Annual Futurist Predictions Include Mind-Reading Prosthetics And Power-Generating Cars

By Brent McKnight | 8 years ago

Every year The Futurist, the official magazine of the World Future Society, puts together a list of their top 10 predictions for the future. These aren’t necessarily things they expect to see within the next calendar year, but they do envision them coming to fruition within the next decade.

This year’s list includes a nice collection of science-fiction-worthy ideas, including robots, computers getting too smart for their own good, and space travel. There are also more practical concepts, like the economic future, and ideas for clean energy.

Neuroscientists may soon be able to predict what you’ll do before you do it.

  • Examining blood-flow patterns in the brain, and mapping quadrants where the idea to act stimulates, could show scientists a person’s intentions before they move. This could lead to new and enhanced prosthetic devices, ones with the capability to read and react to signals from the brain.

Future cars will become producers of power rather than merely consumers.

  • One crew of researchers has come up with a plan where parked electric cars could use their fuel cells to “convert biogas or hydrogen into more electricity.” This would help eliminate waste products being pumped into the atmosphere, and the best part is that vehicle owners could possibly make a little extra cash for the energy created.

An aquaponic recycling system in every kitchen?

  • Ecological engineers at SUNY have come up with a system for recycling food waste. Many of us live in areas where the yard/food waste is part of our weekly garbage night, but this version would consist of aquariums in the home where excess food would be used “to feed a tank of tilapia or other fish, and then the fish waste would be used for growing vegetables.”

The economy may become increasingly jobless, but there will be plenty of Work.

  • While many narrowly specific jobs that have been lost will never return, workers will increase the range of their skill sets. A larger collection of tools means that there are that many more jobs you can perform, and less danger of being so specialized you can only do one thing. Financial advisor James H. Lee says it will be “about finding out what other people need done, and doing it.”

The next space age will launch after 2020, driven by competition and “adventure capitalists.”

  • NASA and federally funded space programs may be in dire straights, but there never seems to be a shortage of bored rich people who want to go into space. We’ve seen a boom in privatized space travel already with the recent SpaceX launches, and a number of other folks from the private sector, including Paul Allen and Richard Branson, have an eye on breaking the bonds of Earth’s atmosphere.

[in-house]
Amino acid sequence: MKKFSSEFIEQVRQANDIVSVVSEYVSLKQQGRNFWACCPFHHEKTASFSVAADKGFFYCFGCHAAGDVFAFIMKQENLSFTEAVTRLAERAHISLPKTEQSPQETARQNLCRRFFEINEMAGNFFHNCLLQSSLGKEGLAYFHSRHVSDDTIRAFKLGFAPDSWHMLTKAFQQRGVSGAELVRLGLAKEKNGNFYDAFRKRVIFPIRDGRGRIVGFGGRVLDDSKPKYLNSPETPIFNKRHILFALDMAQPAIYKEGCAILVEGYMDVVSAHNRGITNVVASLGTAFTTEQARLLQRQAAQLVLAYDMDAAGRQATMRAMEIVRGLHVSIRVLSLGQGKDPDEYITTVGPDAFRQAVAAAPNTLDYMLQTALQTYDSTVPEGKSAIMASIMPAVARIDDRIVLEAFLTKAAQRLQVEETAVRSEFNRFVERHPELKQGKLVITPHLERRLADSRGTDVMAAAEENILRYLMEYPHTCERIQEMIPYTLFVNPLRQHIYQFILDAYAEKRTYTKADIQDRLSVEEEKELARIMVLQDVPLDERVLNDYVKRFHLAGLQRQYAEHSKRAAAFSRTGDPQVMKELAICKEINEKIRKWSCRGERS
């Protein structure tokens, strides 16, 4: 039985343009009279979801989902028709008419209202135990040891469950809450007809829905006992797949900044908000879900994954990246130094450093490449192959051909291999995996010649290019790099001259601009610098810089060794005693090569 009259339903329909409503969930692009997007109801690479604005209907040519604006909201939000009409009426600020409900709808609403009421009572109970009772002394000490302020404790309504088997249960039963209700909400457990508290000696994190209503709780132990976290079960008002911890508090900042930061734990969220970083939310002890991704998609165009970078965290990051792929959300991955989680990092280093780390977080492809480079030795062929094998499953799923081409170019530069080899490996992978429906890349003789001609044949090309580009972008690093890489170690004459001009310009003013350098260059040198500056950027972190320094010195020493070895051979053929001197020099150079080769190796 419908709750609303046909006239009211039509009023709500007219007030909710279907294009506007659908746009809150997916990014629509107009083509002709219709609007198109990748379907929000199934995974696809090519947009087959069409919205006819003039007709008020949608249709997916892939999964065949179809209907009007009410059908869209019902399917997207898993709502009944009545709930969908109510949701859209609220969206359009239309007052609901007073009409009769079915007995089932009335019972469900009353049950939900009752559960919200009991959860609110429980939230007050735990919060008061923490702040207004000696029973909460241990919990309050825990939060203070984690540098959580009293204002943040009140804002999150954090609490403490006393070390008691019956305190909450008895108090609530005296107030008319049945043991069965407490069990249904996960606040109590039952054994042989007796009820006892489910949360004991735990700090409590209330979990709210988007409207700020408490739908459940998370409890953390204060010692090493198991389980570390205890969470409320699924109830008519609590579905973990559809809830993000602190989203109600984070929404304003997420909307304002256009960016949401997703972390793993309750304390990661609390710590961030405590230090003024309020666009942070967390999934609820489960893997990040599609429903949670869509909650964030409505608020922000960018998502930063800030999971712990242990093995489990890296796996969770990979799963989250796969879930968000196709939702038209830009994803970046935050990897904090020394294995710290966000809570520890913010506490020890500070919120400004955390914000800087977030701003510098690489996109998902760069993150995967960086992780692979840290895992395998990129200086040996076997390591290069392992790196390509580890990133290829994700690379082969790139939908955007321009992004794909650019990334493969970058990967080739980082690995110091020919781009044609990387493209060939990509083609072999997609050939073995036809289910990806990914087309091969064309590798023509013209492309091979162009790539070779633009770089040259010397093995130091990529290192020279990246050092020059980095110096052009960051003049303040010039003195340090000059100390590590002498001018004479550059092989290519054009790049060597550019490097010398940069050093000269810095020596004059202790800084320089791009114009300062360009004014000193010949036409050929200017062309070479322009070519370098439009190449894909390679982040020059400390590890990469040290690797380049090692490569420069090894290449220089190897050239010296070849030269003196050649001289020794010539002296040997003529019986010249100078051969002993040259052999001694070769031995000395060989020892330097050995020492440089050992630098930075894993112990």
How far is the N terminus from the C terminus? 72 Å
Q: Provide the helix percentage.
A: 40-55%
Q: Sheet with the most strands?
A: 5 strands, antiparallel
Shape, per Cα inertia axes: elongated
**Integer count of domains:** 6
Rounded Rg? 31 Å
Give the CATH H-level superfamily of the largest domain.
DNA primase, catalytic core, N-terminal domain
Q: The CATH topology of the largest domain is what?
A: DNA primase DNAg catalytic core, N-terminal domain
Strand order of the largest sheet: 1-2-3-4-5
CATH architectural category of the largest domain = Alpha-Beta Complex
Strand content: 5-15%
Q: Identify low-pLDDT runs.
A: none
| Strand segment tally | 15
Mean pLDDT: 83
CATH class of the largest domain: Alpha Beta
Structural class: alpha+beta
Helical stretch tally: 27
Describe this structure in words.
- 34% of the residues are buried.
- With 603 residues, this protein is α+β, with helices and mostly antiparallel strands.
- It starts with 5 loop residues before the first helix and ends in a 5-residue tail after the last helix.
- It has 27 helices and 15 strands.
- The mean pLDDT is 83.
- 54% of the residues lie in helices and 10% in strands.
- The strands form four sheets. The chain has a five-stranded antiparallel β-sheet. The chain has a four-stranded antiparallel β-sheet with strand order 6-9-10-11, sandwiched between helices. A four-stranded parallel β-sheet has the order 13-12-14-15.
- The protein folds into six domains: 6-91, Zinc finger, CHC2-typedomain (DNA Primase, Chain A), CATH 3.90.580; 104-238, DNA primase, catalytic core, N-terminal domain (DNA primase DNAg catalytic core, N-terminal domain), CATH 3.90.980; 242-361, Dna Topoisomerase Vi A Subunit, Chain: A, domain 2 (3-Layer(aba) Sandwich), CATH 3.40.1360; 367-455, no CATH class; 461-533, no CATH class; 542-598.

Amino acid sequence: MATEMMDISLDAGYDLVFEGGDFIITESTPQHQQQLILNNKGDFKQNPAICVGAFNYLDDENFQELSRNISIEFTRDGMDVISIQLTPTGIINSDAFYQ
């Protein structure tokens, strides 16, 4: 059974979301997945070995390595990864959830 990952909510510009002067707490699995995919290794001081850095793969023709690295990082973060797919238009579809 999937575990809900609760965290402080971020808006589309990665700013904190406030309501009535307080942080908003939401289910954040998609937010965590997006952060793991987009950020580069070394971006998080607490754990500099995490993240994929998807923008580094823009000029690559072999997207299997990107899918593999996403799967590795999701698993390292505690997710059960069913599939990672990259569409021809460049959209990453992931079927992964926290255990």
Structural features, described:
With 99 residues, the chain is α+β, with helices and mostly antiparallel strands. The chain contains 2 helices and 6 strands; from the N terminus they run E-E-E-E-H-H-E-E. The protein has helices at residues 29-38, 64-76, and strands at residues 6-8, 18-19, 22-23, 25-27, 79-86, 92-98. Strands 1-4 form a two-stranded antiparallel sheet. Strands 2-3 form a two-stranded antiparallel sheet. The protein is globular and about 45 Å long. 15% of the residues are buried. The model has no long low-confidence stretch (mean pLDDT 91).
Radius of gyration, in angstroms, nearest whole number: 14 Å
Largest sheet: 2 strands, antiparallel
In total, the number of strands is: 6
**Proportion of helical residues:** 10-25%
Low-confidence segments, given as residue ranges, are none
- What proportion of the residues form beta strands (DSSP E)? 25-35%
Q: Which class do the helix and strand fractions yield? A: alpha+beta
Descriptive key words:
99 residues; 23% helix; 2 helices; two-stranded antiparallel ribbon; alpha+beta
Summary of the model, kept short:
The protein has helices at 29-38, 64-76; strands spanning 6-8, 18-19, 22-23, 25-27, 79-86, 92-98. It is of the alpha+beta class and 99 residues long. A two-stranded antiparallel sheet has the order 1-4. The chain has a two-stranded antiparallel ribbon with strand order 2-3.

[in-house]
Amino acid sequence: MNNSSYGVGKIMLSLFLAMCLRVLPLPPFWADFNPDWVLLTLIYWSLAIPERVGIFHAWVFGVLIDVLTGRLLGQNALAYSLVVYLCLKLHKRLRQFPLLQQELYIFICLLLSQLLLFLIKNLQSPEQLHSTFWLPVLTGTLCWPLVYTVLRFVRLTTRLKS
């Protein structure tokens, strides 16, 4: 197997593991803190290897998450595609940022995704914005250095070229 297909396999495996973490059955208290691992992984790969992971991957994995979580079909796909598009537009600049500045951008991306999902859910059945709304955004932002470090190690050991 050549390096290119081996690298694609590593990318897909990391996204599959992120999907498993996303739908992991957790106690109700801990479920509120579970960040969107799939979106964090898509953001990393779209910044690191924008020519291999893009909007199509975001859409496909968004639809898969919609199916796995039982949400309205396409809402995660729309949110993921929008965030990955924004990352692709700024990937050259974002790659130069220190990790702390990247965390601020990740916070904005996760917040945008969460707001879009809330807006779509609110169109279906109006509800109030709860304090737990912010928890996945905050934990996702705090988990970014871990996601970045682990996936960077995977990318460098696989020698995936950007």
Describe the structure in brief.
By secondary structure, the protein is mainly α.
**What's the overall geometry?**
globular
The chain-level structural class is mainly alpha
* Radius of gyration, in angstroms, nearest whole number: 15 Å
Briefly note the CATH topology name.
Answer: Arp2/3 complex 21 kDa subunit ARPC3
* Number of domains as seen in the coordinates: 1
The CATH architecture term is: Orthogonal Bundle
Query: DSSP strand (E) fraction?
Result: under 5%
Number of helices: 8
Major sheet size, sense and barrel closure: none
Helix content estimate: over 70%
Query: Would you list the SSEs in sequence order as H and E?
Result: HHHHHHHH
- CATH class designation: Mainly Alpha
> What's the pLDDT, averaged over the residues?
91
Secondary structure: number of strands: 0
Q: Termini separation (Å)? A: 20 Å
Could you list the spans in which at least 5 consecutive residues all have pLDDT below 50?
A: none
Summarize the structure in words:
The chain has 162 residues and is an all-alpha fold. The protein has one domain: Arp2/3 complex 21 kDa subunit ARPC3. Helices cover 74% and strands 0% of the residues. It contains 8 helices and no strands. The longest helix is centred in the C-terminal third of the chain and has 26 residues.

The “cloud” will become more intelligent, not just a place to store data.

  • This sounds like some Skynet stuff right here. While thousands of consumers are turning to cloud-based systems for data storage, the technology could potentially evolve to be used for more of an active participant in your life, depending on the advances in analytical programs.

Corporate reputations will be even more important to maintain, due to the transparency that will come with augmented reality.

  • As more and more information becomes available, as more and more reviews and opinions pop up for public consumption, a company’s standing and status could become increasingly counted and computed. Futurist envisions a scenario where a restaurant’s customer ratings, health code rankings, and other data could be collected and compressed into one super-ranking.

Robots will become gentler caregivers in the next 10 years.

  • We’ve all been waiting years for sassy, helpful robot maids like Rosie from The Jetsons. While that may be a few years off, a team of Japanese scientists has been working on increasing the sensitivity of robotic arms so they can help lift and move patients, easing the demands on their human counterparts.

We’ll harness noise vibrations and other “junk” energy from the environment to power our gadgets.

  • Between laptops, smart phones, tablets, and more, the number of gizmos we use on a daily basis grows with alarming regularity. Teams at Georgia Tech and University of Buffalo are working on different techniques for gathering otherwise wasted energy, like ambient vibrations, and putting it to good use.

A handheld “breathalyzer” will offer early detection of infections microbes and even chemical attacks.

  • Not just to test for drunk drivers anymore, the “Single Breath Disease Diagnostics Breathalyzer” could conceivably be used soon to determine whether you’re sick, riddled with disease, or infectious to others. This device has other practical applications ranging from detecting lung cancer to testing if you’ve been exposed to hazardous chemical compounds.

What do you expect in the near future? I’m still waiting for hover-boards, tinfoil suits, and a terrifying robot uprising.

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